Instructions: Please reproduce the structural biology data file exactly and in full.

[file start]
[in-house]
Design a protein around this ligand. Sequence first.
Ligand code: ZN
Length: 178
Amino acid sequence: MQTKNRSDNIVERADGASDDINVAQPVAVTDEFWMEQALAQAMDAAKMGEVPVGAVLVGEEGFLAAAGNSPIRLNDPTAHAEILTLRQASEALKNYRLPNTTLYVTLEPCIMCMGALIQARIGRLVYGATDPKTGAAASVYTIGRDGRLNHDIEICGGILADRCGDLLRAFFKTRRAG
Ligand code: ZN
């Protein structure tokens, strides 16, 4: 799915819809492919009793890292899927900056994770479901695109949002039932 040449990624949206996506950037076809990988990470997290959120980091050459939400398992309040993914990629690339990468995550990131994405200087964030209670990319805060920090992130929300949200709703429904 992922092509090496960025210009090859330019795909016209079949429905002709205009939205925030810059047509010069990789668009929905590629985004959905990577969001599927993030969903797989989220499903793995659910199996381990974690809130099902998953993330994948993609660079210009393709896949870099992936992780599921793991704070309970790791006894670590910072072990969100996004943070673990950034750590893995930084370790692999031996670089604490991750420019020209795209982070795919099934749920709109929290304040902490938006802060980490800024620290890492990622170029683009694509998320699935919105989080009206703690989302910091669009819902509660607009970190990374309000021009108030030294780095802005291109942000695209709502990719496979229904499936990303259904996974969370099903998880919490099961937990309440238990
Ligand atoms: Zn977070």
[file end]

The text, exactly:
[in-house]
Design a protein around this ligand. Sequence first.
Ligand code: ZN
Length: 178
Amino acid sequence: MQTKNRSDNIVERADGASDDINVAQPVAVTDEFWMEQALAQAMDAAKMGEVPVGAVLVGEEGFLAAAGNSPIRLNDPTAHAEILTLRQASEALKNYRLPNTTLYVTLEPCIMCMGALIQARIGRLVYGATDPKTGAAASVYTIGRDGRLNHDIEICGGILADRCGDLLRAFFKTRRAG
Ligand code: ZN
């Protein structure tokens, strides 16, 4: 799915819809492919009793890292899927900056994770479901695109949002039932 040449990624949206996506950037076809990988990470997290959120980091050459939400398992309040993914990629690339990468995550990131994405200087964030209670990319805060920090992130929300949200709703429904 992922092509090496960025210009090859330019795909016209079949429905002709205009939205925030810059047509010069990789668009929905590629985004959905990577969001599927993030969903797989989220499903793995659910199996381990974690809130099902998953993330994948993609660079210009393709896949870099992936992780599921793991704070309970790791006894670590910072072990969100996004943070673990950034750590893995930084370790692999031996670089604490991750420019020209795209982070795919099934749920709109929290304040902490938006802060980490800024620290890492990622170029683009694509998320699935919105989080009206703690989302910091669009819902509660607009970190990374309000021009108030030294780095802005291109942000695209709502990719496979229904499936990303259904996974969370099903998880919490099961937990309440238990
Ligand atoms: Zn977070």